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The Conscious Universe: The Scientific Truth of Psychic Phenomena Paperback – Jun 22 2009


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The Conscious Universe: The Scientific Truth of Psychic Phenomena + Entangled Minds: Extrasensory Experiences in a Quantum Reality + Supernormal: Science, Yoga, and the Evidence for Extraordinary Psychic Abilities
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Product Details

  • Paperback: 432 pages
  • Publisher: Harperone; Reprint edition (June 22 2009)
  • Language: English
  • ISBN-10: 0061778990
  • ISBN-13: 978-0061778995
  • Product Dimensions: 20.2 x 13.9 x 2.8 cm
  • Shipping Weight: 318 g
  • Average Customer Review: 4.2 out of 5 stars  See all reviews (52 customer reviews)
  • Amazon Bestsellers Rank: #5,967 in Books (See Top 100 in Books)
  • See Complete Table of Contents


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First Sentence
Since primeval times, people have spoken of strange and sometimes profoundly meaningful personal experiences. Read the first page
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Front Cover | Copyright | Table of Contents | Excerpt | Index | Back Cover
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Customer Reviews

4.2 out of 5 stars
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8 of 8 people found the following review helpful By "wickiesnout" on May 28 2004
Format: Hardcover
I never believed in psychic phenomena. I still don't. But I also can't casually dismiss the results of hundreds of experiments indicating that something peculiar is going on that certainly looks like psychic phenomena. This book led me to track down and read a number of the original journal articles reporting experiments on psychic phenomena, especially those from the Princeton Engineering Anomalies Research Laboratory. If these results really are what they appear to be, then some psychic effects are real. Accepting this idea would have such a shocking impact on science that it's no wonder parapsychology is relegated to the far fringe (at best). This book summarizes a large body of experimental data from a scientific point of view and, as such, it probably wouldn't appeal to someone looking for ghostbusting stories. But for the scientifically minded, this book is far more mind-blowing than ghost stories because it just might be true.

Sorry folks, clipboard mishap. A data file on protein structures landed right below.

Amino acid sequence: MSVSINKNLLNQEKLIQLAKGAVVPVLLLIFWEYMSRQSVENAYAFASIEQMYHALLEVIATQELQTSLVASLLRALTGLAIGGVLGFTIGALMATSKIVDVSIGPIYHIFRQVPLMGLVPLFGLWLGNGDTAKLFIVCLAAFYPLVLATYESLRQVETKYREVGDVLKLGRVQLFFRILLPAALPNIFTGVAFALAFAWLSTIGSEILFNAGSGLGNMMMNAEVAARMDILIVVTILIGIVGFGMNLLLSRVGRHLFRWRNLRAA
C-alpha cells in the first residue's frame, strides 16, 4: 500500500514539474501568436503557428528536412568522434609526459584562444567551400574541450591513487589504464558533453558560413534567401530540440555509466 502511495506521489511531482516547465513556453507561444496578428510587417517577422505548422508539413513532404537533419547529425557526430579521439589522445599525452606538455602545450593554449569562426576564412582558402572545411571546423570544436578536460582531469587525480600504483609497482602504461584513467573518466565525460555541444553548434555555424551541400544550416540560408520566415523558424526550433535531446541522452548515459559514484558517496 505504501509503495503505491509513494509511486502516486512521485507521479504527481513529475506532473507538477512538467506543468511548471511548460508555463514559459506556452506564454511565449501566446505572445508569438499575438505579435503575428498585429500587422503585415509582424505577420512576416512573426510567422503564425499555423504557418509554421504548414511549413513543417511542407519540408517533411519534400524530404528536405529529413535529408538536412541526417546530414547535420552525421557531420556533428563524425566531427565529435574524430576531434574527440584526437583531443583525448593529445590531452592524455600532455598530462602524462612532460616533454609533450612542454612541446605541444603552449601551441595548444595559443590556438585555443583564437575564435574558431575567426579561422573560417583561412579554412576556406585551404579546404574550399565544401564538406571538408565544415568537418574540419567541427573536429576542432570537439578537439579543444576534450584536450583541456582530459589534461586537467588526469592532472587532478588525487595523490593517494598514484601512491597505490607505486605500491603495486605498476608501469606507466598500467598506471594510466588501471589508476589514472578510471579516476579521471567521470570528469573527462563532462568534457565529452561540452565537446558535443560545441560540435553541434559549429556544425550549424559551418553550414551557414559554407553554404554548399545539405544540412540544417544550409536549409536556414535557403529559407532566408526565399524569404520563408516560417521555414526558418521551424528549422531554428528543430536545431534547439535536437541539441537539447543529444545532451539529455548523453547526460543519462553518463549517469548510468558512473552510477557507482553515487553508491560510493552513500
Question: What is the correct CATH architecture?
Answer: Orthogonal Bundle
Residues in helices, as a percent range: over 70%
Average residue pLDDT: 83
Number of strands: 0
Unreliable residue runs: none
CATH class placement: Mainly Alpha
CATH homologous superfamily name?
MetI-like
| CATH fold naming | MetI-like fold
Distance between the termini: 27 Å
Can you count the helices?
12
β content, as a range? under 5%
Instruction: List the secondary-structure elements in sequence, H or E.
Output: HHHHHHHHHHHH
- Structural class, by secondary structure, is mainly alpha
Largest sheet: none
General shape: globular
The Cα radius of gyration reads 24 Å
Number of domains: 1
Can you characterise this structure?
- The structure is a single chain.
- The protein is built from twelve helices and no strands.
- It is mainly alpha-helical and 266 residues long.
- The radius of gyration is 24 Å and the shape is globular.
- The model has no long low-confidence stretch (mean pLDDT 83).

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4 of 4 people found the following review helpful By Cliente Amazon on Feb. 28 2003
Format: Hardcover
The results of Radin's meta-analysis are certainly impressive if you take them at face value. The problem is just that you can't do it.
Radin's alleged evidence is largely based in the use of the "fail safe file drawer" method to account for the publication bias, which assumes that the unpublished studies are unbiased. However, the real fact is that in psi research you can certainly assume that a study reaches the literature only when it has been successful, and then the unpublished studies are biased by definition. Through this method, Radin enormously overestimates the size of the so-called "file drawer" (amount of additional experiments necessary to bring the combined results down to chance).
Apart from any problem in the meta-analysis, there's the fact that individual results from other investigators are uncritically accepted. Even downplaying any possibilities of cheating, we must unfortunately be careful about the use of statistics in psi research. Skeptics have not been that unsuccessful explaining these results through publication bias, selective reporting, and optional stopping.